Mike Terry, Deseret News
Elizabeth Smart vividly remembers being awakened in the middle of the night by "feeling something cold and sharp to my neck."
She awoke to a bearded man armed with a knife who was wearing a stocking cap and whom she thought she had never seen before. He told her, "Don't make a sound. Get up out of bed quickly."
Speaking Thursday at the annual Crime Victims Conference at the Capitol, Smart talked for the first time in detail about portions of her nine-month kidnapping in 2002, including an experience in San Diego where she was so weak from starvation that she couldn't move after going a week without food.
Her father, Ed Smart, who sat in the audience listening, said after her speech that it was the first time even he had heard some of the details revealed Thursday.
Elizabeth Smart received a standing ovation as she entered the auditorium. Her message was to let other survivors know that they no longer have to be called "victims," and that once their ordeal is over, they can resume trying to fulfill their dreams.
Just because one bad incident happens in your life, she said, you don't have to live the rest of your life around it. Smart recalled her mother telling her after she returned home, "They took nine months from you. Make sure you don't give any more to them."
Smart told the group of victims' advocates Thursday that life comes in steps and degrees. She said there had been a couple of incidents in her life that made her realize how much she loved her parents and how grateful she was for her family and everything she had.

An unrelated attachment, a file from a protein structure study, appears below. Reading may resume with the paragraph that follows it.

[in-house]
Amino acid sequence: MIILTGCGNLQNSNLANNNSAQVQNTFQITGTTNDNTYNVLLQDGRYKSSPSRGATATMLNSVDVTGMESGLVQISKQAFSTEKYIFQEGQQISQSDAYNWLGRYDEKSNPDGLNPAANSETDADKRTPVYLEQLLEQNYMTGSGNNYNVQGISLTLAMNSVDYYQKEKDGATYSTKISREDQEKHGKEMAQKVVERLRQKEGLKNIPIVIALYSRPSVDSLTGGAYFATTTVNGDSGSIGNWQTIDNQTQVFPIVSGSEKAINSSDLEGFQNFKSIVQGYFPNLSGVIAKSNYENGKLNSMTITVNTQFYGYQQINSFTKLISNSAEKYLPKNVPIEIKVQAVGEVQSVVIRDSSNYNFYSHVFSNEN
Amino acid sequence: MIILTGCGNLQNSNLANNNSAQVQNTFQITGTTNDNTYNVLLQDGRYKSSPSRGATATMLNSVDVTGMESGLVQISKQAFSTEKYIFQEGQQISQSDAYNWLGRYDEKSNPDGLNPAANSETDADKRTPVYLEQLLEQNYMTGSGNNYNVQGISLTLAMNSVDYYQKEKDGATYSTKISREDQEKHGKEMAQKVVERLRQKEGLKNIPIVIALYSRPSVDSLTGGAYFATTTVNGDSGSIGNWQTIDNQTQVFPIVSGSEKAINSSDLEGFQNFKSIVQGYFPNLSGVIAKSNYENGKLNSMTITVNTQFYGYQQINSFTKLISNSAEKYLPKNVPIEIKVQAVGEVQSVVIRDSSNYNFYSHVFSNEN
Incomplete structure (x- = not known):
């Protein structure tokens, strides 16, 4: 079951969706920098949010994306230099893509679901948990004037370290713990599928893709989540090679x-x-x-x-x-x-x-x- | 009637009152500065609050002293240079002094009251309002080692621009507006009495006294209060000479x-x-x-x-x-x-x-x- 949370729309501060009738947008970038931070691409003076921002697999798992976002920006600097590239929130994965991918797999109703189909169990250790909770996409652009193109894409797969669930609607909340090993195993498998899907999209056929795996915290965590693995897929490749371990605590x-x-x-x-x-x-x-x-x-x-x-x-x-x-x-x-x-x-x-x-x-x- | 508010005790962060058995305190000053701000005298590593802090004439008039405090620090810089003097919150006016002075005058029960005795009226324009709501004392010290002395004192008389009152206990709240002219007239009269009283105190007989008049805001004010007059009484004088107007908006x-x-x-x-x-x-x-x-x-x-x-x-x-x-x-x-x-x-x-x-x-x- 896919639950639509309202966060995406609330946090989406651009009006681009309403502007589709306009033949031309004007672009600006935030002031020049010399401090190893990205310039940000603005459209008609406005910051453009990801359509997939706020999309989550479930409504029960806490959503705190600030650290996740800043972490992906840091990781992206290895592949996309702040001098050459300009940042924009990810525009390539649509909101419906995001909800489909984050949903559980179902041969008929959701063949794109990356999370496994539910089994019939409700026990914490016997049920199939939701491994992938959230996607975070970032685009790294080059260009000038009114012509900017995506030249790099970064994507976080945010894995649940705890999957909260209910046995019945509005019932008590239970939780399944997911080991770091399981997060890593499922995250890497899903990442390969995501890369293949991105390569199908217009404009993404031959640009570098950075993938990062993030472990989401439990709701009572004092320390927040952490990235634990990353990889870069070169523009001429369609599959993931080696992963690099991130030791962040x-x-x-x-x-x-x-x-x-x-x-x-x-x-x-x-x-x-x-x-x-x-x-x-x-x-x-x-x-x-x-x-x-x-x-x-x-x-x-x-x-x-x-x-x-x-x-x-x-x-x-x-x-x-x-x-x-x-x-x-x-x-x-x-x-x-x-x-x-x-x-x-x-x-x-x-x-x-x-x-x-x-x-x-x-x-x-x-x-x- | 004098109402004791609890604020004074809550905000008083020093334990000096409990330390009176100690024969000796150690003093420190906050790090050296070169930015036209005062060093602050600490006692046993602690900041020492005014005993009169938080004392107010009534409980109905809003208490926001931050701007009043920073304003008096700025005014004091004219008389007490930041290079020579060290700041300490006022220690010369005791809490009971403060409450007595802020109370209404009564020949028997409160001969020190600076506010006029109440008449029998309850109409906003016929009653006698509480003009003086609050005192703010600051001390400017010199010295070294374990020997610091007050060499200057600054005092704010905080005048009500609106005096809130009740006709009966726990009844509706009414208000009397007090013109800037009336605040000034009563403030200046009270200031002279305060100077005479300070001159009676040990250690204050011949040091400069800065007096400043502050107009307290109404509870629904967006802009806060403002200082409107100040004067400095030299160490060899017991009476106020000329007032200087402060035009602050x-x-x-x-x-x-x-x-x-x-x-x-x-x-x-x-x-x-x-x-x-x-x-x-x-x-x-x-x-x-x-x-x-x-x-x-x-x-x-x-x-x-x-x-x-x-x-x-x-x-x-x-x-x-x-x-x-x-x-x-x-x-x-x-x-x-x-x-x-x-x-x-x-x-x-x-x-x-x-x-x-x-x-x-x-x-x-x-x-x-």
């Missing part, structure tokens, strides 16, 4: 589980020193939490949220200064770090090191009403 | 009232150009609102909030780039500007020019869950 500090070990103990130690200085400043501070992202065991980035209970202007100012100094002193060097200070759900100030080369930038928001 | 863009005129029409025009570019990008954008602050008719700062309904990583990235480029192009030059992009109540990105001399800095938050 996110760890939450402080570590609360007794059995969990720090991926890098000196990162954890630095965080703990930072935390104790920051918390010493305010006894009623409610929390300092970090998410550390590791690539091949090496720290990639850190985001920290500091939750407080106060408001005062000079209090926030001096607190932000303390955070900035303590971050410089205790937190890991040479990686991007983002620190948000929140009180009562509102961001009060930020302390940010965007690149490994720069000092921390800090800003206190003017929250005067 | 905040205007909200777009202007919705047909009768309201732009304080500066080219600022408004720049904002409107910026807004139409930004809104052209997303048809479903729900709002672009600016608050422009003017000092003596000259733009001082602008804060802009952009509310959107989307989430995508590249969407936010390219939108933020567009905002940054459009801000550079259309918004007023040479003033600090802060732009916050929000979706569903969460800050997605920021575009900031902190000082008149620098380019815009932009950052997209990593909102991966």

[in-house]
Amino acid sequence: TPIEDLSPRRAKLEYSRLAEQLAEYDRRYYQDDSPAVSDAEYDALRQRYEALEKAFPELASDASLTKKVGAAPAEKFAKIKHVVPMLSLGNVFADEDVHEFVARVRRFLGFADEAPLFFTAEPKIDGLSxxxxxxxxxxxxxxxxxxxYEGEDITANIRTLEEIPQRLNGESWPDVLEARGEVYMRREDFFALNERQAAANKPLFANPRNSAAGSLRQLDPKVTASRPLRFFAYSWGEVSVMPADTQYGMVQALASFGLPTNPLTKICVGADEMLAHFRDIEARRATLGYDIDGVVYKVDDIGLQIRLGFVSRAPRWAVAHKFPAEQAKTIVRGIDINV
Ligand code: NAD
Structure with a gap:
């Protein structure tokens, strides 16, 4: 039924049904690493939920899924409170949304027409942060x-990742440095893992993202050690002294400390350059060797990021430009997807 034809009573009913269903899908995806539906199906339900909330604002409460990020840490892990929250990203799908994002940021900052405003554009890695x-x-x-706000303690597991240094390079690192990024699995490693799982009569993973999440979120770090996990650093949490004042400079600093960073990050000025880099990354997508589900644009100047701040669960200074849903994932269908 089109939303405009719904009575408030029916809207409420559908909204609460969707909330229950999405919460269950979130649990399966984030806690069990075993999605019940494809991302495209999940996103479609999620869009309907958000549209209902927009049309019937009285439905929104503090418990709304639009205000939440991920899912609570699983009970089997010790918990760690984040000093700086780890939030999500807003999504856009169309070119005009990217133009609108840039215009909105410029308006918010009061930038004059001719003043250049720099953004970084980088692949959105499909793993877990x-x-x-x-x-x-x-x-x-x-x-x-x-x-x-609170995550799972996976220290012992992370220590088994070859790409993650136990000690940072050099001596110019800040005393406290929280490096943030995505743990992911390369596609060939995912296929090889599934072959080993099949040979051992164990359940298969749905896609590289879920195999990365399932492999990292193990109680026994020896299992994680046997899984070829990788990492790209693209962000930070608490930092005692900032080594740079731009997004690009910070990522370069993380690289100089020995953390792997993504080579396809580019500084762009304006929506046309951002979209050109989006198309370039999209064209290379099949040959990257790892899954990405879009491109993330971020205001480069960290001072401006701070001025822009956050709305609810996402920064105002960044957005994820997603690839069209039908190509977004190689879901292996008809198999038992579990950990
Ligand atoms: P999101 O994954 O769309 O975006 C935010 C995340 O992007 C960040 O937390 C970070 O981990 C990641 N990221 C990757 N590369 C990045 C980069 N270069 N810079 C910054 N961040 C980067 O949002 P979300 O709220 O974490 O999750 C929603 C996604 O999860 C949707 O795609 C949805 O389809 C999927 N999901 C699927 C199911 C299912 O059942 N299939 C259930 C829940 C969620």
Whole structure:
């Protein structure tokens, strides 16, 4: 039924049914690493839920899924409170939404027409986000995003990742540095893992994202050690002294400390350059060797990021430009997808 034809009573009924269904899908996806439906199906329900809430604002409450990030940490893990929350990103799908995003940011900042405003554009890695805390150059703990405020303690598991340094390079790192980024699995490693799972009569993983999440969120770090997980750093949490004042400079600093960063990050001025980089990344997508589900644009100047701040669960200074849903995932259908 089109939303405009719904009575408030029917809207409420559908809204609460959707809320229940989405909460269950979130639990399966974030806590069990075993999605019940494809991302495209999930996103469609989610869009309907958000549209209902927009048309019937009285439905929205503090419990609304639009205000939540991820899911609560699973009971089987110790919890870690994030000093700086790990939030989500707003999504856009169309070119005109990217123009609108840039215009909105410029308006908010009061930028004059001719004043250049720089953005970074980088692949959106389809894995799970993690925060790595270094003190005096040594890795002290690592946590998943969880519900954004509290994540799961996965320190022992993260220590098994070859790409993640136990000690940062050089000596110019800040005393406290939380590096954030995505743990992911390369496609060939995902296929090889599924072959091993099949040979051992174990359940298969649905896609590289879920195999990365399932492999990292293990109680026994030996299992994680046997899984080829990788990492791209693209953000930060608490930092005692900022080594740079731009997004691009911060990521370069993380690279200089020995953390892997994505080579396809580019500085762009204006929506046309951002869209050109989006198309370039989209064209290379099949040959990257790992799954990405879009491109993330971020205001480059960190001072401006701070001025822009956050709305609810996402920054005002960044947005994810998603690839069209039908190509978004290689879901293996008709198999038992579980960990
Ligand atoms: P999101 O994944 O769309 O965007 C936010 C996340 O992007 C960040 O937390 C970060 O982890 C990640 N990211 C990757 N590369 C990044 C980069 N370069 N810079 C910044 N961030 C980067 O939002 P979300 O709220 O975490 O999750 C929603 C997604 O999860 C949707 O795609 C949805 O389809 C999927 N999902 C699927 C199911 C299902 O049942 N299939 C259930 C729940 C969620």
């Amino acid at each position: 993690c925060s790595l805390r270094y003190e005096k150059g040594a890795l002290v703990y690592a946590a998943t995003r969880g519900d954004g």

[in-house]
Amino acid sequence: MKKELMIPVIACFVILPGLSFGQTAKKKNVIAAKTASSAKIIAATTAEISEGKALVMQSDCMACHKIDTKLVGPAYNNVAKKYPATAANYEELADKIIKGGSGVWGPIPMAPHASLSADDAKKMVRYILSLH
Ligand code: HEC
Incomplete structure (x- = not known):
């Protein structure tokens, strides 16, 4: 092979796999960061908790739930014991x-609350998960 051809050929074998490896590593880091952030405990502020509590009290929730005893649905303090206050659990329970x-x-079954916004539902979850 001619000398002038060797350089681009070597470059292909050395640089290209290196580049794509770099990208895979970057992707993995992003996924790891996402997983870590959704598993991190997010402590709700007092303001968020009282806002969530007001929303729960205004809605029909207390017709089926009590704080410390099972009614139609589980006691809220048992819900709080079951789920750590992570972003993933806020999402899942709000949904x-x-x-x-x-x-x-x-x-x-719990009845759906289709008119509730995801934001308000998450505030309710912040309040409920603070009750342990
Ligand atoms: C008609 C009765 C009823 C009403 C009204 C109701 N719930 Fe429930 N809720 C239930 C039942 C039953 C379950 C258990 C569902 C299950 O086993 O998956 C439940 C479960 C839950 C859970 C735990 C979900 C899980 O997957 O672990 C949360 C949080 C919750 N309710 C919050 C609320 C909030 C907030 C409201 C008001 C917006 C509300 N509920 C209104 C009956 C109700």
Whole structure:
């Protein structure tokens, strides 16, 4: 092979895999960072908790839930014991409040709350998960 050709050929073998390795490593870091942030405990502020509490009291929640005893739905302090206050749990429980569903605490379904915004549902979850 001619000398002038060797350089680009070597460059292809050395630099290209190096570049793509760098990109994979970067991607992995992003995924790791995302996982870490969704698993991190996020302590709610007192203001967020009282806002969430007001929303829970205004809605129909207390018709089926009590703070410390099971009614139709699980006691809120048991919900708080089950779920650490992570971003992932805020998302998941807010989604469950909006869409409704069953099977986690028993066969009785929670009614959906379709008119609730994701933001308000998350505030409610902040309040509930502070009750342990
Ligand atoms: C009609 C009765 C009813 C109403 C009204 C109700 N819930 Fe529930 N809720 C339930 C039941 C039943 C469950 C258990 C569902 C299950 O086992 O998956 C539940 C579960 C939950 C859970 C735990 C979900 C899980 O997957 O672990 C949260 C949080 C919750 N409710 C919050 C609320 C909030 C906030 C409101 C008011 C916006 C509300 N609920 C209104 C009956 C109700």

One of those incidents came during the early morning hours of June 5, 2002, when a man walked into Elizabeth's house and kidnapped her from her bed.
Smart recalled that before she went to bed that night, she was not happy, because her mother was not letting her go on a trip with her friend. She was asked to say the evening prayer that night at the dinner table.
"It was the only time I didn't pray to watch over us in the night," she recalled.
Smart, who was 14, shared a room at that time with her 9-year-old sister, Mary Katherine. She read a book to Mary Katherine after the two had gone to bed, her sister falling asleep before the book was finished.
It would later be Mary Katherine who provided the biggest break in the case by feigning sleep and watching as her older sister was taken. Mary Katherine would remember several months later a mysterious roofer who worked at the Smart house. That roofer was later identified as Brian David Mitchell.
As Elizabeth Smart was being forced to get her shoes from her closet, she recalled she was in a daze and wondered if it was a prank.
"I kept thinking, 'This couldn't be real. This couldn't be happening. I'm in my own bed, I'm safe,' " she said. "I was so confused."
As the man with the knife led her out of the house and up into the foothills behind her backyard, Smart realized, "This is not a prank. This is real."
Thoughts of confusion quickly turned to fear. Smart said she tried talking to the man, asking him several times, "Why are you doing this?"
"He kept pushing me further into the mountains. I kept praying for a chance to escape."
Smart confronted the man, saying, "Do you know what you're doing? Do you know you're going to prison?"
The bearded man replied, "I'm not going to be caught," Smart said.
She recalled trying to bargain with her abductor, telling him she'd speak in his behalf if he let her go. She said she thought she would be raped and killed and her body would be found five years later in a ditch or spread across the mountain.
"If you're going to do it, do it now," Smart said she told her abductor.
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